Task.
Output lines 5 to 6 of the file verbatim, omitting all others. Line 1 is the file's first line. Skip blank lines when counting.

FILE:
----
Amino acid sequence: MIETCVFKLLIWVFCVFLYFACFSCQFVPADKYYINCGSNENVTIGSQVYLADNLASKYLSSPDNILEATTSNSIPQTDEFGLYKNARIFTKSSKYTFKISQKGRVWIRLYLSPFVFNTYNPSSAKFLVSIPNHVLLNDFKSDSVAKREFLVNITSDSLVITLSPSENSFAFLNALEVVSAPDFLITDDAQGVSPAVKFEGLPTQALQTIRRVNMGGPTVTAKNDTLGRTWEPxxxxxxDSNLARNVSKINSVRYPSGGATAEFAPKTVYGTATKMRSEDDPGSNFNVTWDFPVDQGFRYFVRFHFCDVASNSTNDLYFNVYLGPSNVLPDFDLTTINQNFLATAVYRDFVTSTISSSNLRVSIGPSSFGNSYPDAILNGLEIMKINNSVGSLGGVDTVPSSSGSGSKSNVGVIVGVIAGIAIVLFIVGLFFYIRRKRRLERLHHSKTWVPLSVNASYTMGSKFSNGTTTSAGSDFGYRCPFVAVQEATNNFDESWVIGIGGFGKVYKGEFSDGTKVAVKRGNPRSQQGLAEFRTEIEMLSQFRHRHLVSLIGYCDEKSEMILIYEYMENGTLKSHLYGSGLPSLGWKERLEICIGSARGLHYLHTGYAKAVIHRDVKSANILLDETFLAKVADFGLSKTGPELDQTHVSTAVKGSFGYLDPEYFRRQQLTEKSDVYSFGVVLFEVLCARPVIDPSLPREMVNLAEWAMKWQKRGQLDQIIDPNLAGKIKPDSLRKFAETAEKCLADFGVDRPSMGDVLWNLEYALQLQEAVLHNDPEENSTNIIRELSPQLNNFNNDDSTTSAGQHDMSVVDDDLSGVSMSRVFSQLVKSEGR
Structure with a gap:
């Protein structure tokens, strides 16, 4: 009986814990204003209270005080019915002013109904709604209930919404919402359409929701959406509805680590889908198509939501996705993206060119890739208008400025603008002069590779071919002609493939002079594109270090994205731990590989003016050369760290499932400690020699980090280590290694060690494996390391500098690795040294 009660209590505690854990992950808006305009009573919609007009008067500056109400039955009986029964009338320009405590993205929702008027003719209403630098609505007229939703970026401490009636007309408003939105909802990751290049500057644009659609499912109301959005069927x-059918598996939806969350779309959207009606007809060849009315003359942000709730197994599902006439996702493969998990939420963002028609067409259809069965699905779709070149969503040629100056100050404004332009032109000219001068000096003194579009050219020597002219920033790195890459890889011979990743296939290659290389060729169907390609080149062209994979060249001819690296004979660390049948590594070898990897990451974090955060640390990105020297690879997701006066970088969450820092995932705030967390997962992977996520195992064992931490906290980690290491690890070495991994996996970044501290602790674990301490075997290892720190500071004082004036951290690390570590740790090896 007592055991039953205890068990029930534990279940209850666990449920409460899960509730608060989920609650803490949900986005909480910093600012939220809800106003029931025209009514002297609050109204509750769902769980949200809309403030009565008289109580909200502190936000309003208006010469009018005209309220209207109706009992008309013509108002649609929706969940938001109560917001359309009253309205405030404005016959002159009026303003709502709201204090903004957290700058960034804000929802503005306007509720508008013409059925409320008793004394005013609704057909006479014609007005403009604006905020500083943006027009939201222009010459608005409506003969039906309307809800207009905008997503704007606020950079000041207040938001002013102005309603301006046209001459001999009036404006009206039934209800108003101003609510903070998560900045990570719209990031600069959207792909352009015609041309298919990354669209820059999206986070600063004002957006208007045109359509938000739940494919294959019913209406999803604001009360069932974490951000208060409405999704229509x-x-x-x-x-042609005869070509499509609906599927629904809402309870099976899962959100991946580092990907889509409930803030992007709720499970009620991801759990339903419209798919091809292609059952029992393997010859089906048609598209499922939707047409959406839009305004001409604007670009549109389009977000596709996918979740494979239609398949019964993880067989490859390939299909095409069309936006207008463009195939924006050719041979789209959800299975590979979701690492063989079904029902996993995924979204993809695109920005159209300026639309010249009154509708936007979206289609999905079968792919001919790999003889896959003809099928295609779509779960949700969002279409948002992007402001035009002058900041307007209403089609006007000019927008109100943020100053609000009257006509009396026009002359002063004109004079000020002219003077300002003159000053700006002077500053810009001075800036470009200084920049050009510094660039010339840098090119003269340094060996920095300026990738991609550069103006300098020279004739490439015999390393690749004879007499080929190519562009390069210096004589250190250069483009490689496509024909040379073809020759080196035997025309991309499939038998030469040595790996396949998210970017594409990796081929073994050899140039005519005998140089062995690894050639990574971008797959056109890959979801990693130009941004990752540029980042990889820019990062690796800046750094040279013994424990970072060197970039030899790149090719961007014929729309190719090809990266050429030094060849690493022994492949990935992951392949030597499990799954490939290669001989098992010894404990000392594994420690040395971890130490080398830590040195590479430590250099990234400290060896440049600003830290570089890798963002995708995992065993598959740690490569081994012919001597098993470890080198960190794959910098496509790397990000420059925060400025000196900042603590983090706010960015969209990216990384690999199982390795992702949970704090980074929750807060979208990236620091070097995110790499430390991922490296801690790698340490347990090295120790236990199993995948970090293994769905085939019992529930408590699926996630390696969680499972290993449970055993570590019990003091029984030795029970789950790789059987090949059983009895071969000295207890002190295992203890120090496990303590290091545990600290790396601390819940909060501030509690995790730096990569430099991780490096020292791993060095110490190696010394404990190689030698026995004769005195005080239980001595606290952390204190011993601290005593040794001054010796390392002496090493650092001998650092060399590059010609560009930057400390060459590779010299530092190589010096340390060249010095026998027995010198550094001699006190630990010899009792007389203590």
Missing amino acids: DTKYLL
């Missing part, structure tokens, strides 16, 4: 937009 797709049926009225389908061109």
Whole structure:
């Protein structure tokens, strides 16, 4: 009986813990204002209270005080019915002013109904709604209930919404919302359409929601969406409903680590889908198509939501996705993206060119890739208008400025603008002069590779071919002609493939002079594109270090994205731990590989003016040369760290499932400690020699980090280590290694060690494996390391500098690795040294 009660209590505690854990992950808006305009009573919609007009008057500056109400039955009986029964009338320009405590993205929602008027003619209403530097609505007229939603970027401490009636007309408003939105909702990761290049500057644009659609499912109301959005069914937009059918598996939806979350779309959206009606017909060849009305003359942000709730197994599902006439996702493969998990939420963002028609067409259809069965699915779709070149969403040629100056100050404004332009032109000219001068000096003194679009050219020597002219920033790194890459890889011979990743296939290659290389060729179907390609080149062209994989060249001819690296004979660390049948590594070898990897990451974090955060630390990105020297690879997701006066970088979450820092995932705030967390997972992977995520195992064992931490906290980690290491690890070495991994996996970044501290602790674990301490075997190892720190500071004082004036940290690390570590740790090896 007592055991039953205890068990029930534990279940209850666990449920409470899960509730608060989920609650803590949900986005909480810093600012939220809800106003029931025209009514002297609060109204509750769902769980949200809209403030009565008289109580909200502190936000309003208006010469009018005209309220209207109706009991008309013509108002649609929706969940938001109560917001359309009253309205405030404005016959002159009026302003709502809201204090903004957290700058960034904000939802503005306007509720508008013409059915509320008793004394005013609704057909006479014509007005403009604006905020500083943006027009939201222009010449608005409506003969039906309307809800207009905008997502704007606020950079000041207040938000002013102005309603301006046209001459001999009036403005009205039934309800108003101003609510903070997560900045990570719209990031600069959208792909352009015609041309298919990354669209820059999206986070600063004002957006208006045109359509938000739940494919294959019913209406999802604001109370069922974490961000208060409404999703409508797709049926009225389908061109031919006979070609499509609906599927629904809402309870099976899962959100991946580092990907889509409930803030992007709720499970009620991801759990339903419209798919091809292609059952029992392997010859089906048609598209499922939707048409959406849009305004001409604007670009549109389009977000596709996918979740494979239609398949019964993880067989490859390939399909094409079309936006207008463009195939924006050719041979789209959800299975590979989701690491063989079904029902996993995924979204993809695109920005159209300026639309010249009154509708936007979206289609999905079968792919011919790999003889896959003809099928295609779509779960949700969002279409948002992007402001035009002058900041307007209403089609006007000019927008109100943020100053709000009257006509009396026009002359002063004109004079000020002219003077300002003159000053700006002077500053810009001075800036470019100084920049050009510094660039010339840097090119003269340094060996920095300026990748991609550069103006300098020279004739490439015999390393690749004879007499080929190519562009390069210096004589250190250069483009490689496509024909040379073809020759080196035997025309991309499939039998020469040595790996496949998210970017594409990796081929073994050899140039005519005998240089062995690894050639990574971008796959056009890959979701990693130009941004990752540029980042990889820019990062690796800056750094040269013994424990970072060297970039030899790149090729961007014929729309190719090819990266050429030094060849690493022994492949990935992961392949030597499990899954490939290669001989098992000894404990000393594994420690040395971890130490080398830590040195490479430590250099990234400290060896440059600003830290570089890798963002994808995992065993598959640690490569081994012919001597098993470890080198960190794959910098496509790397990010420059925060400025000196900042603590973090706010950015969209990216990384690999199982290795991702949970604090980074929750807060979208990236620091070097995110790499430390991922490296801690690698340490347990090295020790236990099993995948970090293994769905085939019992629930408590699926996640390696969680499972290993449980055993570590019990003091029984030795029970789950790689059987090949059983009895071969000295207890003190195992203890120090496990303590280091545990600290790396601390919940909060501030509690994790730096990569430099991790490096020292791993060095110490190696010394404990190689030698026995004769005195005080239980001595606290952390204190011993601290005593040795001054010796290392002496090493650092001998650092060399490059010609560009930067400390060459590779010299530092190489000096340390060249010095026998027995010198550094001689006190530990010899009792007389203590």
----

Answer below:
């Missing part, structure tokens, strides 16, 4: 937009 797709049926009225389908061109």
Whole structure: